Foxes are commonly sighted in many urban and suburban areas, including the Tulsa and Oklahoma City regions, and it is not uncommon to see one running down a city street or across a suburban back yard. There are steps you can take to help prevent and reduce fox problems around your home.
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- Important Notice Regarding Foxes -
Before You Call, Trap Or Relocate

Each year we receive hundreds of calls about foxes like the one seen in the photos below - alleged scrawny, skinny foxes and fox families living in town. Many callers have the fox's best interests at heart and want them trapped and relocated to a place where they think they will be better off.

However, there is nothing wrong with 99% the foxes people call about; they are not skinny, that is in fact the way foxes look to people accustomed to seeing plum, overweight pet dogs. Foxes do very well in urban environments such as Oklahoma City and Tulsa due to the high number of rodents. Yes, they can eat cats and small dogs, but typically they only do this in the early spring when there are fewer rodents available due to the cold winter. To trap and relocate a fox into the country may oftentimes be fatal because they will be run off by coyotes.

We receive an incredible number of calls about foxes with mange needing to be trapped and relocated so they can be treated for mange. Once again, once treated for mange, the fox would be relocated into a coyote's territory, which could be fatal. There are ways that foxes can be treated for mange without the trauma of trapping them.

More About Sarcoptic Mange And Other Wild Fox Ailments


Urban, City & Suburban Fox Problems

If you feed them, they will come! Most encounters with foxes, wolves, bobcats, coyotes, and mountain lions happen when they are looking for a quick and easy way to obtain food.

The fox in the below photo was spotted in a Tulsa homeowner's back yard, close to 71st and Harvard, leaving a rabbit carcass it had just eaten.

fox running away from carcass in a tulsa suburban yard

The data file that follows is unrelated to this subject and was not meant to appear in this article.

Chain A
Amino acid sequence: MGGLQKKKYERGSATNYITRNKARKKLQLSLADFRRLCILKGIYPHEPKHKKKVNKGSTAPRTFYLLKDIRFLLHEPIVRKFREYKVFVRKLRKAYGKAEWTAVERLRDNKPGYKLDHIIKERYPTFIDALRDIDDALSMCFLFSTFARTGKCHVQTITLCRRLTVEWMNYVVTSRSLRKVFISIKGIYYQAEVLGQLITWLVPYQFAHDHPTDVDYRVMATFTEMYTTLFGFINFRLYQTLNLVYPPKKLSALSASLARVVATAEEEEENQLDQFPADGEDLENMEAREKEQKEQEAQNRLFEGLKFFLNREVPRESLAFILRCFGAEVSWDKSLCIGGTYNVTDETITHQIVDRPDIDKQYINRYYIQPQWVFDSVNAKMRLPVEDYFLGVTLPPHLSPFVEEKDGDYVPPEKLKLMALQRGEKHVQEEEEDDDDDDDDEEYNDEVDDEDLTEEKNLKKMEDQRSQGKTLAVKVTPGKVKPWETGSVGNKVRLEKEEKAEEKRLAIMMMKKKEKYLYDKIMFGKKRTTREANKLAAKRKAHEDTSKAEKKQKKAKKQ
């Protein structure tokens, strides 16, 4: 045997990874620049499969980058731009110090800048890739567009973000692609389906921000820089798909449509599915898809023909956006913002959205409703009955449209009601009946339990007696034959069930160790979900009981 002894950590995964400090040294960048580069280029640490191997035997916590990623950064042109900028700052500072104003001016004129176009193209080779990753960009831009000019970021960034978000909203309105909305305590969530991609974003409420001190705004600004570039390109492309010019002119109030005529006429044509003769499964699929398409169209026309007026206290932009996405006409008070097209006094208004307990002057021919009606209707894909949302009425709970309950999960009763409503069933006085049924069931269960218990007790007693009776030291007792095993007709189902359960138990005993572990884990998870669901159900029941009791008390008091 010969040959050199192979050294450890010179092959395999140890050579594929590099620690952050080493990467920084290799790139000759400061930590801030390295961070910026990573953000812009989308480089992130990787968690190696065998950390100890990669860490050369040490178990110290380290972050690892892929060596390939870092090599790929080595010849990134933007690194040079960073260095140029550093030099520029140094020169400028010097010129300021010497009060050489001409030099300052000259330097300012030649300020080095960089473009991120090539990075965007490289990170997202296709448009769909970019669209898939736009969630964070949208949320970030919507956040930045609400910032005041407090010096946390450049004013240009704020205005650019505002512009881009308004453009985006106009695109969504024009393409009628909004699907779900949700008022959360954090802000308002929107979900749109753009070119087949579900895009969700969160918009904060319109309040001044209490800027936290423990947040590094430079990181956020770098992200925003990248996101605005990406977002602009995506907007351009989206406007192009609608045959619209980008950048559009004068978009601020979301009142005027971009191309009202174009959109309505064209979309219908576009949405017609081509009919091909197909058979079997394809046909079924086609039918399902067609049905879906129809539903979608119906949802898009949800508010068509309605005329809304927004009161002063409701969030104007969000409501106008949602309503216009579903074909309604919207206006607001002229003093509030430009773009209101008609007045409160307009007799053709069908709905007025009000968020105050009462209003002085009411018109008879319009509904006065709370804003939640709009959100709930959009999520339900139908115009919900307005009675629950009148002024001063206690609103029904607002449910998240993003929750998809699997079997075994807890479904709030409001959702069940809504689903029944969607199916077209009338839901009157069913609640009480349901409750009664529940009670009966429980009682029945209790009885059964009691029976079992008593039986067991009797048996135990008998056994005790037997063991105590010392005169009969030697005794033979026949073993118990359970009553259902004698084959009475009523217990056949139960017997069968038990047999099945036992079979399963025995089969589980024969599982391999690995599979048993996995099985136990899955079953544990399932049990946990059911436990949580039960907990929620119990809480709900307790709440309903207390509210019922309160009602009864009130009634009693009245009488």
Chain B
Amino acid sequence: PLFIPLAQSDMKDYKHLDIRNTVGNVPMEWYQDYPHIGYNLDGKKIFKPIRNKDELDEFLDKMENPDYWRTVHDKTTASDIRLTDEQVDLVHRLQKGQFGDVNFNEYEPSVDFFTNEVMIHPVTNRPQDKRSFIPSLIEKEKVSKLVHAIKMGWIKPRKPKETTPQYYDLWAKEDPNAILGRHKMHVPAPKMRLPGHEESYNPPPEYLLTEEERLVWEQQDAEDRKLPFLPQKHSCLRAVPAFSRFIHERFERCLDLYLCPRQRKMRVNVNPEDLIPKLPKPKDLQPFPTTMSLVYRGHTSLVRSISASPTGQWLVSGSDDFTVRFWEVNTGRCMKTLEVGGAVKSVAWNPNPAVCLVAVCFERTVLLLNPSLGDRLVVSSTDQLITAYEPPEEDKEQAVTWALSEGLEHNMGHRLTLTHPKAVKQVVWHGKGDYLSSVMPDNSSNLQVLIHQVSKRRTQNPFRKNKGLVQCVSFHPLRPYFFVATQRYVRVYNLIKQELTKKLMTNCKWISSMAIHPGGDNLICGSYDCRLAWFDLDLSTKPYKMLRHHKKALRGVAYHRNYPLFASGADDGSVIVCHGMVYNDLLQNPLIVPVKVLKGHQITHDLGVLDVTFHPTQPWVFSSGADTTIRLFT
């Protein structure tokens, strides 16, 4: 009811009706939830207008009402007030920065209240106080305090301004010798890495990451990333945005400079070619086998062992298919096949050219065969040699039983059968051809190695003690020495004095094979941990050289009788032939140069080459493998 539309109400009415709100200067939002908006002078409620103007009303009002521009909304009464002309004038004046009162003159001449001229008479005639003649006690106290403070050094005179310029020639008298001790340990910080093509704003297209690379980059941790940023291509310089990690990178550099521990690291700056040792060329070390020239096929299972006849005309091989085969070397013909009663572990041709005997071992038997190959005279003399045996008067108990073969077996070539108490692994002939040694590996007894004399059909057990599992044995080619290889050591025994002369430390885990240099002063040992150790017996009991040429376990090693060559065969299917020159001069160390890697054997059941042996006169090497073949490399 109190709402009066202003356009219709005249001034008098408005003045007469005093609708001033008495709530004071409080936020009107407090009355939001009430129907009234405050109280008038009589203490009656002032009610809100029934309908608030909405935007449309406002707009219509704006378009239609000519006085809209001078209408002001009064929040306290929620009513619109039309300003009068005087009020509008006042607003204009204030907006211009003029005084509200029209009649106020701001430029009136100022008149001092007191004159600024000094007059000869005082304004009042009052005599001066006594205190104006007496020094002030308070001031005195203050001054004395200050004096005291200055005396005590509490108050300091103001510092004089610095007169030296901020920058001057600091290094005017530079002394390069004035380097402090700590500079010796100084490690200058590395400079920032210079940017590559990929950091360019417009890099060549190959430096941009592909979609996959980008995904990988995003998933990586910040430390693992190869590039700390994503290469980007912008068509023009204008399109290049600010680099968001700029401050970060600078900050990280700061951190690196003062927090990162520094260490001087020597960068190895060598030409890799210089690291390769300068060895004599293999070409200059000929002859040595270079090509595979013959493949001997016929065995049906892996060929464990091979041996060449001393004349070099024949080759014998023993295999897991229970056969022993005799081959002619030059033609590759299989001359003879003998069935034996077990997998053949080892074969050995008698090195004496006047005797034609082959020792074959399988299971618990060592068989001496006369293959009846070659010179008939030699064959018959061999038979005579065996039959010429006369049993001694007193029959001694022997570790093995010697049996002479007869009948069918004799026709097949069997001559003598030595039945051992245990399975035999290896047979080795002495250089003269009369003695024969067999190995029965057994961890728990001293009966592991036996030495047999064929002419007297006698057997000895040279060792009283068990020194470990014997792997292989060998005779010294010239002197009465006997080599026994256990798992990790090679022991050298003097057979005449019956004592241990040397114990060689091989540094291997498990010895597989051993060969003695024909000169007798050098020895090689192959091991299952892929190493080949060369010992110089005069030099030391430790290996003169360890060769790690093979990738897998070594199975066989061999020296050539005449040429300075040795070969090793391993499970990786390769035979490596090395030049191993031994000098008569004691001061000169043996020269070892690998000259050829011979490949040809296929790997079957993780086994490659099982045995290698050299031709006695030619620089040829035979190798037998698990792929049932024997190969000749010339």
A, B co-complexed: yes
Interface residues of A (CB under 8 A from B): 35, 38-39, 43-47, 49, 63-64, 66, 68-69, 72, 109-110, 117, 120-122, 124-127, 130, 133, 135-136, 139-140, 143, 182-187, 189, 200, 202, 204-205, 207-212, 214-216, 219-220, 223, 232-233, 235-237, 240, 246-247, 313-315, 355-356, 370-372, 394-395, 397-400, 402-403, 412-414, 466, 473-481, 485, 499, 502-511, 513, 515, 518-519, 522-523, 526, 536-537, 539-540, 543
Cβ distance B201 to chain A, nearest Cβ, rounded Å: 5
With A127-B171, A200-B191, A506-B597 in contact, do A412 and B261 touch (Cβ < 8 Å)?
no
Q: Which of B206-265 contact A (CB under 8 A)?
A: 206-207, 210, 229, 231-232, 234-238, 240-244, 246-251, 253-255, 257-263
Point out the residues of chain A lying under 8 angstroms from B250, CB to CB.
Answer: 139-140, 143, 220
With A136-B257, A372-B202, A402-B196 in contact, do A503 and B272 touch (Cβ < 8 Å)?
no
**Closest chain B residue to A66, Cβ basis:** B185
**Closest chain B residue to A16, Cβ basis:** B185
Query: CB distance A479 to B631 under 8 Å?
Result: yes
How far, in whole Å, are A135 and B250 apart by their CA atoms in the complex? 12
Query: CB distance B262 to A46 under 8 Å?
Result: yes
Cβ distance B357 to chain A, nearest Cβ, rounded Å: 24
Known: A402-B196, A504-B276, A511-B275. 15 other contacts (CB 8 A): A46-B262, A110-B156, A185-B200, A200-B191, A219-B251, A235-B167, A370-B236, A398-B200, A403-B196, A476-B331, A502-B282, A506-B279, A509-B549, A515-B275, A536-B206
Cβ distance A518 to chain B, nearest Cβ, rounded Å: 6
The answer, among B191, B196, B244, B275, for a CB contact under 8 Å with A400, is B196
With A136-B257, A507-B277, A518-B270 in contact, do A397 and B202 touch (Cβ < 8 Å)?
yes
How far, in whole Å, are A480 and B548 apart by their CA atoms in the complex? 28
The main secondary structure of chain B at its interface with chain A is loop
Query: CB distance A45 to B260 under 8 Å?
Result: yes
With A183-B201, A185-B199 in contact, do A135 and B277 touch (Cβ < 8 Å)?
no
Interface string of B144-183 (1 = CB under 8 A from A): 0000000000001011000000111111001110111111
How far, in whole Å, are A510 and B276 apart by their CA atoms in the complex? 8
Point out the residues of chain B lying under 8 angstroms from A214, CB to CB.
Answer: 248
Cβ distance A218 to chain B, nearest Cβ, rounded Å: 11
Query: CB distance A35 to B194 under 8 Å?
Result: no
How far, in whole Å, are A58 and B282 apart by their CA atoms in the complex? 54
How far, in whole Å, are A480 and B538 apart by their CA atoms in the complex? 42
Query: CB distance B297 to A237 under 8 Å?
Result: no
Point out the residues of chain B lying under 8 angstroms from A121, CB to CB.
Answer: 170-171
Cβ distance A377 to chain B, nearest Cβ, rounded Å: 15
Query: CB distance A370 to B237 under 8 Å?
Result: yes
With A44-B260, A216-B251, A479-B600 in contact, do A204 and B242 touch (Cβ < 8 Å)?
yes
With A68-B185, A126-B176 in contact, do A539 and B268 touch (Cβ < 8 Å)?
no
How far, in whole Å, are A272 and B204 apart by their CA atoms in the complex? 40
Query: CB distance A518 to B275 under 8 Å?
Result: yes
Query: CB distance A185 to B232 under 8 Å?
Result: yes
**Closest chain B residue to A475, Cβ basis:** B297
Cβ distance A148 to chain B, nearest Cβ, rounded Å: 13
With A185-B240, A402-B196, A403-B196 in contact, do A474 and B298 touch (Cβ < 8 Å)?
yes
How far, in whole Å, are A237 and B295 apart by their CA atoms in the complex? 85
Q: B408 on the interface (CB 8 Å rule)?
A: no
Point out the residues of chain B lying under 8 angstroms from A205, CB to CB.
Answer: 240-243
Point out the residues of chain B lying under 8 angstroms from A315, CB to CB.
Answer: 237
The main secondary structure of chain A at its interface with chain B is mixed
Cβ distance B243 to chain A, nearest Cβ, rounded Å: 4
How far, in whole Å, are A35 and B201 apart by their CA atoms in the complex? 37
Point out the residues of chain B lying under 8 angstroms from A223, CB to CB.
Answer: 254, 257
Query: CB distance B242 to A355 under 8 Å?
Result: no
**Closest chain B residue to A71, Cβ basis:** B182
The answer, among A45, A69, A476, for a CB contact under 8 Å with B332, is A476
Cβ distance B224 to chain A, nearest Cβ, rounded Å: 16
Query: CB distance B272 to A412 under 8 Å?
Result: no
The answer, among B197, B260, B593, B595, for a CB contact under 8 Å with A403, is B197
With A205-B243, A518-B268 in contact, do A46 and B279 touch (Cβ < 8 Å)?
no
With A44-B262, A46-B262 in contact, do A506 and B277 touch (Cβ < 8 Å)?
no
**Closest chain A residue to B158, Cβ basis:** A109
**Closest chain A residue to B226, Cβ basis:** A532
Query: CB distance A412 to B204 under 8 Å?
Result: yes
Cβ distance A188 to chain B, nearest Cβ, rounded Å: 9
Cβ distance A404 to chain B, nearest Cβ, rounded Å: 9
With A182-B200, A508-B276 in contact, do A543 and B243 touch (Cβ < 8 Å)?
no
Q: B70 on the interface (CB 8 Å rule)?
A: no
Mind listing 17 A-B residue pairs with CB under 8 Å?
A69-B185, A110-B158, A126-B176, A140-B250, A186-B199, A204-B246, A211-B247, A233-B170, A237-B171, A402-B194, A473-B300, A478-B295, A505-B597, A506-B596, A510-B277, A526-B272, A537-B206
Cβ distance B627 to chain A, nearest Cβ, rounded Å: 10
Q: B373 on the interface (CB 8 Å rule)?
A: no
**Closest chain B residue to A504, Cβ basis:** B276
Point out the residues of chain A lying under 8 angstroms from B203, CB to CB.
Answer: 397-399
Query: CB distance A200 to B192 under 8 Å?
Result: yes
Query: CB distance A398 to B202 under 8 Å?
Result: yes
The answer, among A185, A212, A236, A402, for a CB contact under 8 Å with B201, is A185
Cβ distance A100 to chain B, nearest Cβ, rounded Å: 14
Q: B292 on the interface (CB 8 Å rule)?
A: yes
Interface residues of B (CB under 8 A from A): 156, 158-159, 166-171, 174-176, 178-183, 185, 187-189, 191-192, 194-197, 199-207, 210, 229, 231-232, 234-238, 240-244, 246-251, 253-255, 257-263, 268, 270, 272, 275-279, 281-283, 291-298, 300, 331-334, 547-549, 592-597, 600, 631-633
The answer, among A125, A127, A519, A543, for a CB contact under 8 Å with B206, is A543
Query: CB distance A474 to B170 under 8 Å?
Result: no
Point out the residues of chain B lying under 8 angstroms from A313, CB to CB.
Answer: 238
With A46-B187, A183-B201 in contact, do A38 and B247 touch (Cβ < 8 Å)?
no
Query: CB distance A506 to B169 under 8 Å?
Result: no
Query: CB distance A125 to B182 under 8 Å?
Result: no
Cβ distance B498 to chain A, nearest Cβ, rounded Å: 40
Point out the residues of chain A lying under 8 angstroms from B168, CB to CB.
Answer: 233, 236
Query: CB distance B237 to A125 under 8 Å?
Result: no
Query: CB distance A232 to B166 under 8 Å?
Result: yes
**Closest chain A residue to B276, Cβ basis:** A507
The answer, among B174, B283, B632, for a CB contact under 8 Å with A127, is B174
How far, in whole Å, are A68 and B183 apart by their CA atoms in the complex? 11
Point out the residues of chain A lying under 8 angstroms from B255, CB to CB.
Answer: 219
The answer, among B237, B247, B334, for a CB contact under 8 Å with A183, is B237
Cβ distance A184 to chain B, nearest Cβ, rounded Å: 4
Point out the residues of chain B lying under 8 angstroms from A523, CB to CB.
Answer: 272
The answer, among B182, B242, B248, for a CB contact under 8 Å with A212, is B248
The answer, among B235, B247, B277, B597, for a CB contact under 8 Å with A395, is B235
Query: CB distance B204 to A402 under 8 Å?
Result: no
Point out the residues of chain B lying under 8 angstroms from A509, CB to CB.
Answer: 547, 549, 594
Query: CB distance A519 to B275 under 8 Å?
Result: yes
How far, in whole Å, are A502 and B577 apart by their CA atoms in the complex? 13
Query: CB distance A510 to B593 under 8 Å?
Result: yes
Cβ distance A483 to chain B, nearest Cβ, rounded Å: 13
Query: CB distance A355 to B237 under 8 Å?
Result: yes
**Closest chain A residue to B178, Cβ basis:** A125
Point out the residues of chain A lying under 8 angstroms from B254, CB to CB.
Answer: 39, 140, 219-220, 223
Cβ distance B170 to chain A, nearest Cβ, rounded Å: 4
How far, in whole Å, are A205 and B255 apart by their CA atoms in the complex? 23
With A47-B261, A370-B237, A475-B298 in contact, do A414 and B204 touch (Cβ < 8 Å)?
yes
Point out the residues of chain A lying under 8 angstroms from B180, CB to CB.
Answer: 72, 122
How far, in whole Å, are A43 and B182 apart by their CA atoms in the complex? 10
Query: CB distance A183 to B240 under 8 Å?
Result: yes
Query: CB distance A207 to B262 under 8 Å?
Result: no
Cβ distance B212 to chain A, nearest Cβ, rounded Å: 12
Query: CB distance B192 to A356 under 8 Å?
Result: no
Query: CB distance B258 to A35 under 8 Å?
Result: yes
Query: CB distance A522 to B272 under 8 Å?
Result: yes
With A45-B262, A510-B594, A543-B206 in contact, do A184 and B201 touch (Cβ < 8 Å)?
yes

Home owner associations frequently call about wanting coyotes and foxes trapped and killed. Trappers will likely use foothold traps which may endanger children and pets. Should the HOA should be responsible for the homeowners who attracting the coyotes and foxes?

Seeing sunbathing foxes in your back yard should not be alarming. Just because they are out in the daylight does not mean something is wrong. Leave them alone if they seem energetic and healthy. It is totally normal to be able to get within a few feet of them– don’t. Leave them alone. Even though all foxes look scrawny and skinny, they do not typically eat small children! They are typically living nearby or just passing through.

Feral cats and tons of rats and mice– that is what is on a fox’s dinner menu. Having foxes is good, it means that you do not have coyotes.

Just because you see one during the day does not mean that it is rabid and that is going to attack your pets and children.

Foxes live all over in urban areas and can be seen walking down your street in town in broad daylight.

fox crossing bridge in urban area with rat in mouth

Pet food and bird feeders provide birds for the foxes and also the rodents we attract. If you were to open the belly on any given fox, bobcat or coyote, you would certainly find mice, rats, birds, squirrels and perhaps a few feral cats. Most people say the fox is skinny and looks malnourished or rabid. Most of the time, they are well-fed and just fine health-wise.

The city fox is an urban legend that just happens to be true. Foxes have survived and adapted for many years and will continue to do so, including inside rural, urban and suburban environments. The photos below were taken by the Skunk Whisperer®, a family of foxes, including mother and kits, living successfully at a very busy city intersection and a fox den in the middle of a large Oklahoma amusement park.

fox den in tulsa amusement park
fox mother with pups in the middle of a busy tulsa amusement park area